Endovascular procedures in HCC treatment
Watch this session on ECR Live: Friday, March 8, 08:30–10:00, Room F1
There are a wide range of treatment options available when dealing with hepatocellular carcinoma (HCC), ranging from interventional and endovascular procedures to surgical interventions such as liver transplantation. The main reason for performing endovascular procedures when treating patients with hepatocellular carcinoma is the fact that liver neovascular networks are nourished exclusively by the arteries.
Liver tumours, both primary and metastatic, are almost entirely supplied by branches known as neo-vessels, which originate in the hepatic arteries. The surrounding peritumoural liver parenchyma is vascularised mainly by portal vein branches. When an HCC is larger than two centimetres in diameter the afferent vessel can be identified and then targeted via an arterial endovascular approach. These unique characteristics – dual vascular supply and the ability to identify the afferent vessels – are the rationale behind the use of endovascular treatments, and several different techniques have been developed over the last 30 years. Among the most frequently used are the infusion of chemotherapy and the introduction of particles, either as occluding devices or as carriers of an active agent, which attacks the tumoural cells and surrounding neovessels.
In general these procedures can be classified into three major groups: embolisation (TAE – Transarterial Embolisation), Chemoembolisation (TACE – Transarterial Chemoembolisation) and radioembolisation (TARE – Transarterial Radioembolisation).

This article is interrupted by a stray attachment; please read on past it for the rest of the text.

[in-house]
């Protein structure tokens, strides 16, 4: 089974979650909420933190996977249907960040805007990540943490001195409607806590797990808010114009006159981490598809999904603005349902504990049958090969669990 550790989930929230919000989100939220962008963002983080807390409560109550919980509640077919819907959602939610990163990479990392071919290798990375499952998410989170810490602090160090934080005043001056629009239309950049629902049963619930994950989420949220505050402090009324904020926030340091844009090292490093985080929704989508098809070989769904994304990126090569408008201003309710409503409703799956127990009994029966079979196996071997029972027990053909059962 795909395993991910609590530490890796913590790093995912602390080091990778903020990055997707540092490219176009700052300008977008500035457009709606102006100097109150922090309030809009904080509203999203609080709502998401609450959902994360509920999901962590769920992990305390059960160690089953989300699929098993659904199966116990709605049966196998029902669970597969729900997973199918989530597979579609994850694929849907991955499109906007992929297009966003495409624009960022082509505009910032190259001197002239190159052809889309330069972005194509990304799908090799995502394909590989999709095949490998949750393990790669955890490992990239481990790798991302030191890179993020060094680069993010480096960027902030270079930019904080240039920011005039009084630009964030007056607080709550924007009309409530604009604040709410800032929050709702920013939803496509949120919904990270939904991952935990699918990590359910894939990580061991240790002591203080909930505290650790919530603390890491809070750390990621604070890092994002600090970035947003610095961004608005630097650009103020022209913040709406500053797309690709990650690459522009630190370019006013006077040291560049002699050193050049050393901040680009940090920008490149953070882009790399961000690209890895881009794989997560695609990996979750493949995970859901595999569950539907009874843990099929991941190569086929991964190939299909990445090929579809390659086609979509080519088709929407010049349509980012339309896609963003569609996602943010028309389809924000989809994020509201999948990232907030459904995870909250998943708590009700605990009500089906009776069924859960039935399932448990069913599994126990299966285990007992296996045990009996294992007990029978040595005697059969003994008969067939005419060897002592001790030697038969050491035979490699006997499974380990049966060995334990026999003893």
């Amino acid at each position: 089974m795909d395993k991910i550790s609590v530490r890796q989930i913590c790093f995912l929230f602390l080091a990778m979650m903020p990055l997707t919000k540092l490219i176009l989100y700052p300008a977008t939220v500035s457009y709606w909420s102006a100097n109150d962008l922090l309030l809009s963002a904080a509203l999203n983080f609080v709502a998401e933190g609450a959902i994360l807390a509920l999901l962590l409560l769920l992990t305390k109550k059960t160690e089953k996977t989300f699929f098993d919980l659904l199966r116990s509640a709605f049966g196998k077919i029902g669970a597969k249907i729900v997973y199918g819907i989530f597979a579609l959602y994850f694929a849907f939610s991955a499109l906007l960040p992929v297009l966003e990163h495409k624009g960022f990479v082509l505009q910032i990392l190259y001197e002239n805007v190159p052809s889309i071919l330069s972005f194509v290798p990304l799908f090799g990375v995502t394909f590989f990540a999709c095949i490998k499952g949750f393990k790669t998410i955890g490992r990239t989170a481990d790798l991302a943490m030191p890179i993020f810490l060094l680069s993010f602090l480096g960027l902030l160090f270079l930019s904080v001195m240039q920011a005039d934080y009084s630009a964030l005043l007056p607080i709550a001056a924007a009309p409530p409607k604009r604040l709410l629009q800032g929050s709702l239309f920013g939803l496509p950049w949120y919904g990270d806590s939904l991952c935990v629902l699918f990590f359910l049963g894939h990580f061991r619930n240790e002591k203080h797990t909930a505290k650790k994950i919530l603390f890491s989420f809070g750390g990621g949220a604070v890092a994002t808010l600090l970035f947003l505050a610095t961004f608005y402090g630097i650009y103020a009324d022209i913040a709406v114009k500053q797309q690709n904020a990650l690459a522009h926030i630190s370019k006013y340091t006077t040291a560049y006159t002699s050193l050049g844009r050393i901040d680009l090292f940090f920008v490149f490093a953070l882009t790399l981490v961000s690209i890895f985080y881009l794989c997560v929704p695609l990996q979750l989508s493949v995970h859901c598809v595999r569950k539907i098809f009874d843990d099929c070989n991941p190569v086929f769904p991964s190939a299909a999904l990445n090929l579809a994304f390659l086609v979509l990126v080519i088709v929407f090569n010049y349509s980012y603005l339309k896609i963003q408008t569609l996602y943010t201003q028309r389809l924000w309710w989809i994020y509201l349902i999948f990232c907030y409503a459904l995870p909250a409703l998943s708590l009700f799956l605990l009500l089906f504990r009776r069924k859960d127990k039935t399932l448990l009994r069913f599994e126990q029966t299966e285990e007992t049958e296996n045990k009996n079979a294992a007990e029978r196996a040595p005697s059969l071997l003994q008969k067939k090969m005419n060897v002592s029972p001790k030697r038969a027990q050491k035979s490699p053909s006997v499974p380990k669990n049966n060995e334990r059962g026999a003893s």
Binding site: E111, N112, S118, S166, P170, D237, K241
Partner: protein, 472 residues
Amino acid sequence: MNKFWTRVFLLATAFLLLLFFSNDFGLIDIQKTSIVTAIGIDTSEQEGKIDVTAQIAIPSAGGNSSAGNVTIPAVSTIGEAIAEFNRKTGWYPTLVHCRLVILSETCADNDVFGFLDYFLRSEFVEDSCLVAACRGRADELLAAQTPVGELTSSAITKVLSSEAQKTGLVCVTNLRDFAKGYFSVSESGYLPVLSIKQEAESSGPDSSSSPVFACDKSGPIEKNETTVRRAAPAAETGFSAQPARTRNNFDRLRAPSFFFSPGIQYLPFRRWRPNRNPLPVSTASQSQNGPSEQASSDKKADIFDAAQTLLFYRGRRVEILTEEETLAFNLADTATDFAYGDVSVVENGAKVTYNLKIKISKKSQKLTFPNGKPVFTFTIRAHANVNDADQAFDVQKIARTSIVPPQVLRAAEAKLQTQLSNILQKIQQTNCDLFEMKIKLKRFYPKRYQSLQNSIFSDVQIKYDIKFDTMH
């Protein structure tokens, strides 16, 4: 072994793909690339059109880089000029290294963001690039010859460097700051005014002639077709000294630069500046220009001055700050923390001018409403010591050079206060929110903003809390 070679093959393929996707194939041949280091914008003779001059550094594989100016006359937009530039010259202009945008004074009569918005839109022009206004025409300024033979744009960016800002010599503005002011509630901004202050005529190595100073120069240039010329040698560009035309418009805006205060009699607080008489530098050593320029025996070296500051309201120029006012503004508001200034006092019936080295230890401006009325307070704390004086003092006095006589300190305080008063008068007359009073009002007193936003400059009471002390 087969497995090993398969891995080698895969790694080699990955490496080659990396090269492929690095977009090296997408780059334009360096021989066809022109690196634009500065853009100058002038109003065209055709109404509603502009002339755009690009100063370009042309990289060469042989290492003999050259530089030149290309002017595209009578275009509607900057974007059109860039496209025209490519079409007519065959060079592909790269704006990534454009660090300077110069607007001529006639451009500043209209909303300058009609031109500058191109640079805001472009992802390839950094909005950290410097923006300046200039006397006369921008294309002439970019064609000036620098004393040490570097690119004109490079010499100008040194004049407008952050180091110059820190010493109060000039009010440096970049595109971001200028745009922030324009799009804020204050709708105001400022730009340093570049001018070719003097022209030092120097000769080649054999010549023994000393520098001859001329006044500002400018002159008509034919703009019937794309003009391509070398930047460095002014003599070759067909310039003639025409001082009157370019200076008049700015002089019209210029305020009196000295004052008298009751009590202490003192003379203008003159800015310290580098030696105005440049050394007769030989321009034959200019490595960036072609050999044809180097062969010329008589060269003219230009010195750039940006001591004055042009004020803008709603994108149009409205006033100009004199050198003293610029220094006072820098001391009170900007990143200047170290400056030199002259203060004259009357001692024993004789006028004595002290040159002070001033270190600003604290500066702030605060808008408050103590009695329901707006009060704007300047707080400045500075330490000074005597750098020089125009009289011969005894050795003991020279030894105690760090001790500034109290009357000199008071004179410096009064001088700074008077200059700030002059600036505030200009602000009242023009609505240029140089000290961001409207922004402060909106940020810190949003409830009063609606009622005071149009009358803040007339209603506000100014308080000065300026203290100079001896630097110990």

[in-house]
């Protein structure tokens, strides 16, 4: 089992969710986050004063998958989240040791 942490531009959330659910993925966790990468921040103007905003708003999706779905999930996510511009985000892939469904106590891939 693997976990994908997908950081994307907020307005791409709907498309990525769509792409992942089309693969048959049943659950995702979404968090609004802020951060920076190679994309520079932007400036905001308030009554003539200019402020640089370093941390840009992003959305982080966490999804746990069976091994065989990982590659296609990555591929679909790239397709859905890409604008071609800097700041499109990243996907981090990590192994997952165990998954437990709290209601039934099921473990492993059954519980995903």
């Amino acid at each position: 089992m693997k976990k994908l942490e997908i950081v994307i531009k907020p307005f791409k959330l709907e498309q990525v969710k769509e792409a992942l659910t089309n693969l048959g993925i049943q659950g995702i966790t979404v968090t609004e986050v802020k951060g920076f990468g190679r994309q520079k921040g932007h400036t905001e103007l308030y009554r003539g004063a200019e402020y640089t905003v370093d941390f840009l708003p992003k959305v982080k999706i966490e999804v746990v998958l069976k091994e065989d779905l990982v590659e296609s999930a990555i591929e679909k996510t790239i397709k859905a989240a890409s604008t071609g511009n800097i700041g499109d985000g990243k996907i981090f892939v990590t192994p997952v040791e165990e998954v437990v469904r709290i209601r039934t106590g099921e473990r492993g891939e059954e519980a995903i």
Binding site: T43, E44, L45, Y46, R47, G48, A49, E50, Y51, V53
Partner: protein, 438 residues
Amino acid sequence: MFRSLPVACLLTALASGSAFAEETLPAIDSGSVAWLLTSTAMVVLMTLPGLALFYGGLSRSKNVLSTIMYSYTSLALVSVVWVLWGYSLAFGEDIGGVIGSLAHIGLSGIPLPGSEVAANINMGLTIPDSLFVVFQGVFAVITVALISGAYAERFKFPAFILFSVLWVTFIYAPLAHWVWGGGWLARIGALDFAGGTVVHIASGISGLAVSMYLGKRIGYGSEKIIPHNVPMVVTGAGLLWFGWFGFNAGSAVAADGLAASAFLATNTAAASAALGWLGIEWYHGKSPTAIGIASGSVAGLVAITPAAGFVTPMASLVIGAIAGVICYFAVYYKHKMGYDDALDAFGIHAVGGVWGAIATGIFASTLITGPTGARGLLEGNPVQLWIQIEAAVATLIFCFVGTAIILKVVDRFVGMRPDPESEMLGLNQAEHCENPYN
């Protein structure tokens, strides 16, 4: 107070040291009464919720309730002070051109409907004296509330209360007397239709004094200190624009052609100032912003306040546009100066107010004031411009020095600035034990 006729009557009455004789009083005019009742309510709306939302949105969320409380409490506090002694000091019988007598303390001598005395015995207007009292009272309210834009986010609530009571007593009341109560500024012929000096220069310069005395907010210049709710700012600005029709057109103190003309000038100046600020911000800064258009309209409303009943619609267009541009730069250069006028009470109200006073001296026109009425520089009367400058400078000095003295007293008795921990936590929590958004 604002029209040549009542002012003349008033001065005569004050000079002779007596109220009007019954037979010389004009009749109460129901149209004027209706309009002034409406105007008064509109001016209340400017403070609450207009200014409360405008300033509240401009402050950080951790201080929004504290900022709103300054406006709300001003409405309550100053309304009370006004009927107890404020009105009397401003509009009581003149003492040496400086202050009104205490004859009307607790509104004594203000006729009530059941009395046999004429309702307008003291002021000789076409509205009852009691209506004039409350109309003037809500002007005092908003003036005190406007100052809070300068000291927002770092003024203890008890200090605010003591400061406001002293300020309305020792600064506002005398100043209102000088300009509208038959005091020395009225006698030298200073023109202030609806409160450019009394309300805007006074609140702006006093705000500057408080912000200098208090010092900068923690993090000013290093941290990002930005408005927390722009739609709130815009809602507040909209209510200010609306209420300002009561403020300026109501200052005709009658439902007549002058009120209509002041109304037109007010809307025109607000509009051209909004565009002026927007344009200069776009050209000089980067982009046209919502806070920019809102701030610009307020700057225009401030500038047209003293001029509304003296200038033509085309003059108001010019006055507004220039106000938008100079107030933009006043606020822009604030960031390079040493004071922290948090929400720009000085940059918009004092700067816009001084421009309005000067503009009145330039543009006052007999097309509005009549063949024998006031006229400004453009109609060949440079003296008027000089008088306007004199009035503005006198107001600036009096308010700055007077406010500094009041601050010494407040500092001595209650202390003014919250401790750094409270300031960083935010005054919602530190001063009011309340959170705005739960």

Sometimes comparing their efficacy can be difficult, but in spite of this, a vast amount of scientific research has provided robust evidence to support the application of these endovascular techniques in patients with HCC. The best method and the appropriate subgroup of patients, remain hotly contested issues.
The interventional term embolisation refers to many different procedures. They are based on the introduction of particles that occlude the selected vessel. In liver tumours their immediate effect is ischaemia, which provokes extensive coagulative necrosis of the targeted tissue but also comes with a well-known side effect.
“The remaining, still viable, cells that survive the ischemic effect can trigger a strong pro-angiogenic mechanism through which the tumour may try to recover its pre-embolisation environment. So, the ischaemia provoked by embolisation has a proven therapeutic effect (necrosis) but also a well-known side effect, which is neo-angiogenesis, that can facilitate tumoural relapse,” said Professor José Ignacio Bilbao, ECR 2013 President, from the department of radiology at the Clínica Universitaria de Navarra in Pamplona, Spain.
Avoiding damage to the surrounding areas is of the utmost importance when ‘targeting’ the tumoural vessels. Targeting should be interpreted with two ‘optics’. There is the macroscopic method, through which all the vessels, intra and extra-hepatic, that feed the tumour are selected using a microcatheter and then the treatment is administered through them. There is also the microscopic method, in which the particle (or the active principle) is delivered as close as possible to the tumoural cells. In the case of embolisation with particles, if they are too big they may stray too far from the tumour resulting in lower necrotic/ischaemic effect and no effect on the intratumoural neovascular network.
“It is, at this moment, important to remember that in most of the HCC cases the non-tumoural liver tissue is not a healthy parenchyma and that any damage to the hepatocytes, the sinusoids or bile ducts may have severe consequences. In summary, these are the main reasons why selectivity in the treatment, widely understood, is so important in the endovascular treatment of HCC,” Prof. Bilbao pointed out.